By Amy Willis
Published: 2:59PM GMT 25 Oct 2009 in The Telegraph UK.

The author claims she is is fed up with increasing levels of "sadistic misogyny" in crime fiction and says authors are simply jumping on the bandwagon to get a bestseller.

"Each psychopath is more sadistic than the last and his victims' sufferings are described in detail that becomes ever more explicit as young women are imprisoned, bound, eaten, starved, suffocated, stabbed, boiled or burned alive," she told the Observer.

Authors must be free to write and publishers to publish. But critics must be free to say when they have had enough. So however many more outpourings of sadistic misogyny are crammed on to the bandwagon, no more will be reviewed by me," she added.

And the most disturbing plots are by female authors, she says.

"The trend cannot be attributed to an anti-feminist backlash because the most inventive fiction of this kind is written by women," she claims.

Natasha Cooper, former chair of the Crime Writer' Association, agrees with Ms Mann. She says women do this so they are taken seriously as authors.

"There is a general feeling that women writers are less important than male writers and what can save and propel them on to the bestseller list is if they produce at least one novel with very graphic violence in it to establish their credibility and prove they are not girly," she said.

The British market for crime fiction is worth more than £116m a year, with almost 21 million books sold.

Women account for more than 60 per cent of the readership with females over 55 the most avid readers.

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Forgot to plug myself:

The protag of my current novel (in progress) is a fat gang widow who solves a murder case and gets the guy. Watch for it!
Great protag, Minerva!
I think I can safely say that I don't do any of these things, except to the extent that my principle female characters are somewhat better looking than the men—but that's mostly because they (the women) are somewhat younger and more fit—the men all seem to be letting themselves go a bit. The straight ones, anyway. It's a source of some humor, actually. My principle female character pursues women, so I have a whole different set of stereotypes to avoid and/or nibble at—she's a former Army MP, but I gave her a really girly name, for one thing, and a fairly extensive collection of lingerie. As Lola says, "it pisses me off that people think I'm not allowed to have a fucking feminine side."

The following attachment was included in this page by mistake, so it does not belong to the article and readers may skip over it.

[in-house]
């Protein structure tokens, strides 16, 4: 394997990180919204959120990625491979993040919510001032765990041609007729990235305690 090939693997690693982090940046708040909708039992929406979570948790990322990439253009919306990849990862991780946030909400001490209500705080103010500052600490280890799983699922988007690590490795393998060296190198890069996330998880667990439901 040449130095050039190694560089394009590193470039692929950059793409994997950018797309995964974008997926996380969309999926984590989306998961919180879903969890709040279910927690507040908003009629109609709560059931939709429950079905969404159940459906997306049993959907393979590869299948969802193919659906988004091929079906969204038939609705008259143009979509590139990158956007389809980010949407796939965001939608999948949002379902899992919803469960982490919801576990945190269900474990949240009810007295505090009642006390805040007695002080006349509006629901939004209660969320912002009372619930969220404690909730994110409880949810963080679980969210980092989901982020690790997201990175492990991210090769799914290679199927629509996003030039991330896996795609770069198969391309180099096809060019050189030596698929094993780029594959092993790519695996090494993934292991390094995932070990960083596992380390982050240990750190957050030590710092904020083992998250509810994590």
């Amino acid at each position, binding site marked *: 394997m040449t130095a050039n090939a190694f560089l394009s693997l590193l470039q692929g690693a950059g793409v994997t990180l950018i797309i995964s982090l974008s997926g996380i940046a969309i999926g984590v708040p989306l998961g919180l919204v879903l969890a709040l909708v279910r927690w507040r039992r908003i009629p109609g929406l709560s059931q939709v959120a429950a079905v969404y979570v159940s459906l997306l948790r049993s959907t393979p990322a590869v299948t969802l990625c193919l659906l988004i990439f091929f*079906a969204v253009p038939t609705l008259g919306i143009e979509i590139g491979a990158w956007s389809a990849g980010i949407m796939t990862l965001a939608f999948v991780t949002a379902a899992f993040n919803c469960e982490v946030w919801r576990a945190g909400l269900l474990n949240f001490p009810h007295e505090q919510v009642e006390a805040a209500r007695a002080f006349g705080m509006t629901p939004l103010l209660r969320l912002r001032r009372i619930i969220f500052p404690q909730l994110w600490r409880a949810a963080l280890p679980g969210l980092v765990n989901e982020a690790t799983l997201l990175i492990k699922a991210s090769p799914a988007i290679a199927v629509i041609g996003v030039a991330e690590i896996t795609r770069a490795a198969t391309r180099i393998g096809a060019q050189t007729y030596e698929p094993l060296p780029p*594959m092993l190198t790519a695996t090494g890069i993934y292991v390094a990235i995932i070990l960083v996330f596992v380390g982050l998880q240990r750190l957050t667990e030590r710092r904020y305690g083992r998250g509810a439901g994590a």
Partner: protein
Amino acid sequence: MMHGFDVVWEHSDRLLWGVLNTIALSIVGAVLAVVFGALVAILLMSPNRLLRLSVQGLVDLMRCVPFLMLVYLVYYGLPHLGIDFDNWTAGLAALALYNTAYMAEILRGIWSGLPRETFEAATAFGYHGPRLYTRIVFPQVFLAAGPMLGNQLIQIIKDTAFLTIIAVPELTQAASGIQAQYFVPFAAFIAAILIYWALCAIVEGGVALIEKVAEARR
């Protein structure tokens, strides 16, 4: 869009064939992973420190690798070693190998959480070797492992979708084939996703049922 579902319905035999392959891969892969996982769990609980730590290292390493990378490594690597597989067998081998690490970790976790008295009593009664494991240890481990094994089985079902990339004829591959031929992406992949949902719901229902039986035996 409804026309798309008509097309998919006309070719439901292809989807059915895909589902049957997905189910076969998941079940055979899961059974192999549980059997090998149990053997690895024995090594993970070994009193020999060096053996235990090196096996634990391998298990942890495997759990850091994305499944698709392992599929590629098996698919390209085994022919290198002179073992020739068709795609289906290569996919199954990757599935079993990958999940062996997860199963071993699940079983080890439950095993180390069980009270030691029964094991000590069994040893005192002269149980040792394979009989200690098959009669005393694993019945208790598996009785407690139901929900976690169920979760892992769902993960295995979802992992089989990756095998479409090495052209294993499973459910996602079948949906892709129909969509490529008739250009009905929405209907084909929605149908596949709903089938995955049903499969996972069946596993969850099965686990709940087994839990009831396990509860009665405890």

You're right about the first two things, Thomas--and I've been thinking about ways to do that. Jeff Skillings has a long-term partner, and I'd like to develop both of them a bit more in future books. Kotowski is interesting, too: I think I could get away with showing him in some more explicit scenes, although his age might be a bit problematic for some readers, as might his utter unwillingness to commit to anything more than a night or two of hedonism--I don't know. Also, of course, his relationship with Frank is really a kind of love story: a gay/straight friendship that over time has evolved into something like old-married-couple-hood, if that makes any sense. As for alienating readers: I doubt it--I don't think I've got a lot of homophobes reading the series; it's just a question of how far I can go in a way that makes sense with the existing storylines, Frank's more-or-less hardwired hetero-ness, and my own limitations as a straight writer. I thought I got pretty close in a comic way with the Treadway-in-drag scenes, though, no?
I love that list. Too true.
Agreed, great list. Did you notice how I made it all about me?
Umm, I meant Minerva's list. Sorry, Jon.
Hmm. Did you read the whole novel?
Yup. Quite right, but check the ending. :) A very clever thing, in my opinion.
I was in Sam's Club last week and picked up Promise Not to Tell by Jennifer McMahon. I read the blurb to the part where the killer cut the heart out of the victim and put it back on the shelf. If graphic violence garners you street cred, look for my mystery to be self-published about a year from now.
There's no point at all in anguishing over this topic. If people didn't like (and buy) serial killer novels, no one would publish them. Period. Instead of wringing our hands over this, looking for people to blame, we should all be celebrating the fact that we live in a society where such material can be written and sold.
I second that motion. People (demand) will buy what appeals to them. Authors (supply) will write what they are comfortable with. Where supply meets demand is the point of acceptability. It will change, and there will be outliers, but the market will move according to the whim of these two factors.

As a supplier, it's better to not worry about where that point is and just put my product out on the market. If you like what I write, buy it. If not, don't.

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